Visit MOCA Jacksonville to view Frank Stella Unbound: Literature and Printmaking before it closes; the exhibition will be on view through January 13. Frank Stella Unbound, organized by the Princeton University Art Museum, features four different print series inspired by and named after a distinct work in world literature, including: the Passover song Had Gadya, a compilation of Italian folktales, the encyclopedia Dictionary of Imaginary Places, and Herman Melville's Moby-Dick.
Stella's interest in the epic novel Moby-Dick of 1851 began after observing Beluga whales at the New York Aquarium in Brooklyn. Stella explained, “The idea of the wave and its various permutations is what drives this new series. Once I started on the wave shape, I saw it began to look like a whale-a combination of waves and whales. I got the idea for the shapes at the aquarium, particularly from watching the way the Beluga whales move. The idea of the whale reminded me of Moby Dick, so I decided to go back and read the novel and the more I got into it, the more I thought it would be great to use the chapter headings of the novel for the titles of the pieces.” (Frank Stella Unbound, 74).
Installed at the center of the third-floor galleries, and just behind the blue introductory wall, are nine prints from Stella's Moby Dick series, 1989-93. Stella created at least one work for each of the novel's 135 chapters, totaling 266 unique works of art. The selected prints from the series included in this exhibition highlight Stella's narration through abstraction and use of multiple printmaking techniques.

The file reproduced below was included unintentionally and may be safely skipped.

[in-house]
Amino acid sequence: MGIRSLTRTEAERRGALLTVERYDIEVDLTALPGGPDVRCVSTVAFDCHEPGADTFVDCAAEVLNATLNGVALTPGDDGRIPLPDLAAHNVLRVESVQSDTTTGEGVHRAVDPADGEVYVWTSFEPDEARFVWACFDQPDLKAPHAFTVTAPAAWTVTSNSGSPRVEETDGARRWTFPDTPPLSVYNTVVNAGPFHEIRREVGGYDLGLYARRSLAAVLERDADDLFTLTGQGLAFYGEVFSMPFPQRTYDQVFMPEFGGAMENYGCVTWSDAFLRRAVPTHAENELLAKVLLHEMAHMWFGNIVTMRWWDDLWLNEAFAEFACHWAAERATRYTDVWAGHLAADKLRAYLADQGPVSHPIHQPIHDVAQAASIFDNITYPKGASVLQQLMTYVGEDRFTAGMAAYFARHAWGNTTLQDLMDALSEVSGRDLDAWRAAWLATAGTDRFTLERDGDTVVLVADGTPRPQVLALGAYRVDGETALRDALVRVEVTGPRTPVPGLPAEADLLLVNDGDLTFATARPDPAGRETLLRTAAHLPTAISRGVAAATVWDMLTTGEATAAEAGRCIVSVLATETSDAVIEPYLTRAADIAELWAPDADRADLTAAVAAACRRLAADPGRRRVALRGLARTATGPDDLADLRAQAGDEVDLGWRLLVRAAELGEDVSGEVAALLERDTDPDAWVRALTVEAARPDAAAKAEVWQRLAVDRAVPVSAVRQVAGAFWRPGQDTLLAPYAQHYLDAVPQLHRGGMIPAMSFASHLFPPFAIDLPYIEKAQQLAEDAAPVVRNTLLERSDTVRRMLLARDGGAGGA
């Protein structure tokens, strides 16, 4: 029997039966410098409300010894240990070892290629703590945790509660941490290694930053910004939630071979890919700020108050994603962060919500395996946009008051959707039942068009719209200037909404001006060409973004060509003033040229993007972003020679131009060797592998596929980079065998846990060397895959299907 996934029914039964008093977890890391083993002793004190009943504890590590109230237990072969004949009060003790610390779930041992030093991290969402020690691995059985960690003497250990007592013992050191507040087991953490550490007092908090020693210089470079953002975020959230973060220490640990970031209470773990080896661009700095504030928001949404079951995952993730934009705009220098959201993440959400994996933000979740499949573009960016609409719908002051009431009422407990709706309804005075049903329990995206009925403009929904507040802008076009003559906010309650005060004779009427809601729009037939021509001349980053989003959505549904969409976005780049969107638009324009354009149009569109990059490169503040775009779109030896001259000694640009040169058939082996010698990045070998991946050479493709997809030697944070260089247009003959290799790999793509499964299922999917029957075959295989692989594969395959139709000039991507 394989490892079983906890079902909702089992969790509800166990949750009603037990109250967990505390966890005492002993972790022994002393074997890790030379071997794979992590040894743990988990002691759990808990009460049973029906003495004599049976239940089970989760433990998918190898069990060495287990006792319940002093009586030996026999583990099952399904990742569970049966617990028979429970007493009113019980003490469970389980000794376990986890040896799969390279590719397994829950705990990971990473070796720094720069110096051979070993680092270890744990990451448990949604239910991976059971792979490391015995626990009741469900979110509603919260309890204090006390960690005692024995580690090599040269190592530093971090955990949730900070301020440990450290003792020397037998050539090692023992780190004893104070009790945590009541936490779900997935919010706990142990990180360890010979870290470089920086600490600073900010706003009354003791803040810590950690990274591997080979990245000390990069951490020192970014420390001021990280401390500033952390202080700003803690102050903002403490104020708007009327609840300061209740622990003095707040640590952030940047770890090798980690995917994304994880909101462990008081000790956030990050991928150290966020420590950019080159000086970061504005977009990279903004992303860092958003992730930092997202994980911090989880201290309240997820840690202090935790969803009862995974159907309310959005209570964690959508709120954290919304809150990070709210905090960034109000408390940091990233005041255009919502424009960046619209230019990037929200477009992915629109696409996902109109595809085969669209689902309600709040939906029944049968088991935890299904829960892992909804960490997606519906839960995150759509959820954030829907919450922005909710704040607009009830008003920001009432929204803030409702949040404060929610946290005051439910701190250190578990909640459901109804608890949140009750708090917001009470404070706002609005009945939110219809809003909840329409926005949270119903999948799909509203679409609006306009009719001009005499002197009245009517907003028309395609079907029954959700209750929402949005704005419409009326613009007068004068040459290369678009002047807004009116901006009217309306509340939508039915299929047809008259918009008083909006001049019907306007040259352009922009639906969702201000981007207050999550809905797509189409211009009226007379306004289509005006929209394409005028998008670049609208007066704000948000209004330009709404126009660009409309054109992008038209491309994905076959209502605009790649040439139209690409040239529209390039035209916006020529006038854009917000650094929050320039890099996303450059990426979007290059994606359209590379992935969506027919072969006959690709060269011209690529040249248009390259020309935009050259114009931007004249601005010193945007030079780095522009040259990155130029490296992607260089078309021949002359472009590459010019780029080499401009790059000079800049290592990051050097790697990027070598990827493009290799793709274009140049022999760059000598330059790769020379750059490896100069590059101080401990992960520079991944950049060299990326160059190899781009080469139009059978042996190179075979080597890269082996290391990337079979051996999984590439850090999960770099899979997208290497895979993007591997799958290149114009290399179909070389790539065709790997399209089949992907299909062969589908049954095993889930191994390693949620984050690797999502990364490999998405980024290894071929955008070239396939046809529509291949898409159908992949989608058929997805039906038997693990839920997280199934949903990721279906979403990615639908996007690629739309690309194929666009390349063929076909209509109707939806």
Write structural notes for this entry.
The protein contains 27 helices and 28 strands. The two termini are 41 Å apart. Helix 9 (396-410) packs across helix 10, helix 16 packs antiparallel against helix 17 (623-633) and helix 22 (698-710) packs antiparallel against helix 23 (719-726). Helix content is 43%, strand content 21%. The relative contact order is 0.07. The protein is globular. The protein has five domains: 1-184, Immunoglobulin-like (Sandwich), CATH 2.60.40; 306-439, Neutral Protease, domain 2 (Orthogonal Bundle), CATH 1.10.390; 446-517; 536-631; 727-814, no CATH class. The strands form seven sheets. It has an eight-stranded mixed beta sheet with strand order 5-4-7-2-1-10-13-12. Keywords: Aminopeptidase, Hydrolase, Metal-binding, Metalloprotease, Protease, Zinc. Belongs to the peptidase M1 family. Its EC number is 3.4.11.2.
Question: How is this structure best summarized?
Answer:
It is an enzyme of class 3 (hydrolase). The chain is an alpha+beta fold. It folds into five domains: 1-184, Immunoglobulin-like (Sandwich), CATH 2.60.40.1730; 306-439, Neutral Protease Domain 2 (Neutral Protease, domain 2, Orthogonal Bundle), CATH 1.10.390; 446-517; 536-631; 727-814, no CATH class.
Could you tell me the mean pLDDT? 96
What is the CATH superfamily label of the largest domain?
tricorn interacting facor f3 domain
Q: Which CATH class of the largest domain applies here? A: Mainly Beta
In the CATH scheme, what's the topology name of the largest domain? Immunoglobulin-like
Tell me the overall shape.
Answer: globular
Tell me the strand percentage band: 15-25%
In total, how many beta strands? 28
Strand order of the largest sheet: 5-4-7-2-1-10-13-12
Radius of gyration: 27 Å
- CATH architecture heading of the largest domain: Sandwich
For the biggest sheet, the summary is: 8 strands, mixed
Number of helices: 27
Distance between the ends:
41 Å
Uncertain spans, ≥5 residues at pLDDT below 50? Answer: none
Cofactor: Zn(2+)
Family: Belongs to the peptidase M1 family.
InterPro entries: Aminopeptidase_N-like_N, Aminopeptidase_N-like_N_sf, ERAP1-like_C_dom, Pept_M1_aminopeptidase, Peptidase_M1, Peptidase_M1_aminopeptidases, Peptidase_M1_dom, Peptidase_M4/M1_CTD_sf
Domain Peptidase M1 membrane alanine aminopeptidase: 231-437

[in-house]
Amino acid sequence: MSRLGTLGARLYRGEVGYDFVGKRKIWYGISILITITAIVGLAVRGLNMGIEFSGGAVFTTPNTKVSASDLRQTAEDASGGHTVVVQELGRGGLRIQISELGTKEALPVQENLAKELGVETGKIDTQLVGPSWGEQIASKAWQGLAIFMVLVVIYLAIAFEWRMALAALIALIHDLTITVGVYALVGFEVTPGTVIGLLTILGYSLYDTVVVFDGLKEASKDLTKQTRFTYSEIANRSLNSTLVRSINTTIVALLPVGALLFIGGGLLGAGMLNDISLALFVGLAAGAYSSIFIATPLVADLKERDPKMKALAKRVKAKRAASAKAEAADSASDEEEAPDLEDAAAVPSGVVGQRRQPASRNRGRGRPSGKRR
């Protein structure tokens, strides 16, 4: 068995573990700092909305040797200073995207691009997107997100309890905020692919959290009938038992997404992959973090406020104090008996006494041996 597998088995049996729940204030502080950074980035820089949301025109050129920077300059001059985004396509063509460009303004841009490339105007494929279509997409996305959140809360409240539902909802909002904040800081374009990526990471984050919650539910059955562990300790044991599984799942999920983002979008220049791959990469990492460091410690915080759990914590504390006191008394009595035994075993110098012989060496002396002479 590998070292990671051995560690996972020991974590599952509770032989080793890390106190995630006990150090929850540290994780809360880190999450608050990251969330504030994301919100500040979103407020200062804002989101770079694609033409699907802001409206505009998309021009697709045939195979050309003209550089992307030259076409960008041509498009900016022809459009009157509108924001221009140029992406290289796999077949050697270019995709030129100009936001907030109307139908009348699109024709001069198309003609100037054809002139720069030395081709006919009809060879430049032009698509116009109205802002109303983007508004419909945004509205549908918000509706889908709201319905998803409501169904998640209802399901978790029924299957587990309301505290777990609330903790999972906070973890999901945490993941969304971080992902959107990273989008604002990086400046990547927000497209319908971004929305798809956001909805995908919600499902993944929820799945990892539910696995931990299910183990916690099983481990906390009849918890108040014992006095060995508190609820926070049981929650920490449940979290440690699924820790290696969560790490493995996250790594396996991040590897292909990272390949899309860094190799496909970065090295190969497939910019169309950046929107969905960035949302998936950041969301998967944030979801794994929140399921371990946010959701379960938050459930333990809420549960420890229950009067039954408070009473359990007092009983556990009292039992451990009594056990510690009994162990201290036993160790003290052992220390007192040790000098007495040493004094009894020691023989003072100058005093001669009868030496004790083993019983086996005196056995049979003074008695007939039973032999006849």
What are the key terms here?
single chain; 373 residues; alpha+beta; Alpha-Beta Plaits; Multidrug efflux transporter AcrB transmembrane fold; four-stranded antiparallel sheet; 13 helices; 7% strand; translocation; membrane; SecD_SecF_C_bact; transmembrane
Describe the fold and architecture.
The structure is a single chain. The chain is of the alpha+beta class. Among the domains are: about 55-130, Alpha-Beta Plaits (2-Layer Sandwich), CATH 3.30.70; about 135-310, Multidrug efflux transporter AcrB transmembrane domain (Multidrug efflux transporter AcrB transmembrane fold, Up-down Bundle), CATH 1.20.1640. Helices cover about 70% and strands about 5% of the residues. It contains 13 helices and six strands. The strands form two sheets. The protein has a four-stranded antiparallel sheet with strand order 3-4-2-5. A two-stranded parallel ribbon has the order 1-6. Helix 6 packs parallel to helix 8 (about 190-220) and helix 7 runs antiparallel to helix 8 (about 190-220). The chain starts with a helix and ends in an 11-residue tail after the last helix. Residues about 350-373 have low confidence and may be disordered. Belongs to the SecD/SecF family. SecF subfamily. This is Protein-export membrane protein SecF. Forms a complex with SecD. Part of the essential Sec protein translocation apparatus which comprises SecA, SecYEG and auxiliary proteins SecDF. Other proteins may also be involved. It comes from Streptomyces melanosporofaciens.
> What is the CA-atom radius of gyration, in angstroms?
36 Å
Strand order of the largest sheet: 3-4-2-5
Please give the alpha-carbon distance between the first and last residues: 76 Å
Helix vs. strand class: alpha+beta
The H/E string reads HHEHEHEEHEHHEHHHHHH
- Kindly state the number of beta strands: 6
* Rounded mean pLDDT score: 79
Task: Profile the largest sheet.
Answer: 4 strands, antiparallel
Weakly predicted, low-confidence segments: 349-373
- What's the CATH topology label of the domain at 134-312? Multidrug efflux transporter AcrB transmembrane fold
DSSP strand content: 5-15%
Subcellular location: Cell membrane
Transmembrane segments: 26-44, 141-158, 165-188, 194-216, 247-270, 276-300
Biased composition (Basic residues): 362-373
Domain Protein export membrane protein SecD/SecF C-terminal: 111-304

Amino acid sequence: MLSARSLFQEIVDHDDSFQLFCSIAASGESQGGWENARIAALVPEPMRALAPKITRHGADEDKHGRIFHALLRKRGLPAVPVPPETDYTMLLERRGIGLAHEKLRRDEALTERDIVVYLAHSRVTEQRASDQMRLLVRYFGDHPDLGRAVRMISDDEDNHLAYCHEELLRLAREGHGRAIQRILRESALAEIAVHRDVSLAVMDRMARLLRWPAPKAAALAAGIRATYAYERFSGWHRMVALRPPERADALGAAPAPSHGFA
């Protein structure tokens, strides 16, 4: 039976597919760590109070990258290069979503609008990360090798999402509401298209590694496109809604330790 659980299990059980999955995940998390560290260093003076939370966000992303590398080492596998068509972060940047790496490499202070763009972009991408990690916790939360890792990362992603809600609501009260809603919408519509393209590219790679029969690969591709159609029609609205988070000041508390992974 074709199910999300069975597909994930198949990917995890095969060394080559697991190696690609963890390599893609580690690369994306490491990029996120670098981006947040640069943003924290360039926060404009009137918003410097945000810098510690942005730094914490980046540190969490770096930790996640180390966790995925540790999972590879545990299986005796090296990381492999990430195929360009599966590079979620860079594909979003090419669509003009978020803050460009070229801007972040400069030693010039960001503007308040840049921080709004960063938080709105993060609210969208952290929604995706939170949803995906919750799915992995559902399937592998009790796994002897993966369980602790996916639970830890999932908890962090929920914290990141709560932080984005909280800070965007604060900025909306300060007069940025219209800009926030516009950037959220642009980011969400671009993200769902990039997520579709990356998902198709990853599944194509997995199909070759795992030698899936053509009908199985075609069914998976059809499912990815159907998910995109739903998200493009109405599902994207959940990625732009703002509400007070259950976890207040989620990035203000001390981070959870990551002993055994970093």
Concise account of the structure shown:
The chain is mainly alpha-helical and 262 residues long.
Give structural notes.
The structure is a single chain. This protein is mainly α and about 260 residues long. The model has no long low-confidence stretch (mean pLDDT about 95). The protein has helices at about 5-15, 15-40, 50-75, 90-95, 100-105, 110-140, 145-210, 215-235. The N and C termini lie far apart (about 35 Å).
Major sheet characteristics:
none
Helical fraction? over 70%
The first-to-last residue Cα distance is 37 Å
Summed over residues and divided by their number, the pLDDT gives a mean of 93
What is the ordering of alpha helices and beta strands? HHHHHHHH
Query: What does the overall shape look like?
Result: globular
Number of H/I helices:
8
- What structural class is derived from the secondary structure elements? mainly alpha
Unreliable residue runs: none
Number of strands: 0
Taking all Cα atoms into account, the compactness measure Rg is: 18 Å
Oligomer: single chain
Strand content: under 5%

The Moby Dick dome prints, for example, incorporate complex and technically challenging printmaking elements. For The Cabin. Ahab and Starbuck (above), Stella inserted a concave circular element into the center of the work's corresponding printing plate. Stella worked with Ken Tyler of Tyler Graphics, and a team of assistants to create the resulting works, which utilized a press of Tyler's invention. While not discernible in the above image but readily visible in the exhibition, the resulting dome prints incorporate a bulbous three-dimensional component at the work's center.
The white wave-whale form at the center of this work is a part of the convex section, appearing as though the whale is in movement. Not bound to a rigid definition of abstraction, Stella demonstrates how layered shapes and forms can be a part of an action or activity, and thus provide a narrative impact.
Visit Frank Stella Unbound: Literature and Printmaking at MOCA Jacksonville through January 13. Exhibition catalogues are available for purchase at the Guest Services desk if you are looking for a takeaway in celebration of this fantastic exhibition.
Exhibition catalogue: Abbaspour, Mitra, Calvin Brown, and Erica Cooke. Frank Stella Unbound: Literature and Printmaking. Princeton, NJ: Princeton University Art Museum; distributed by Yale University Press, 2018.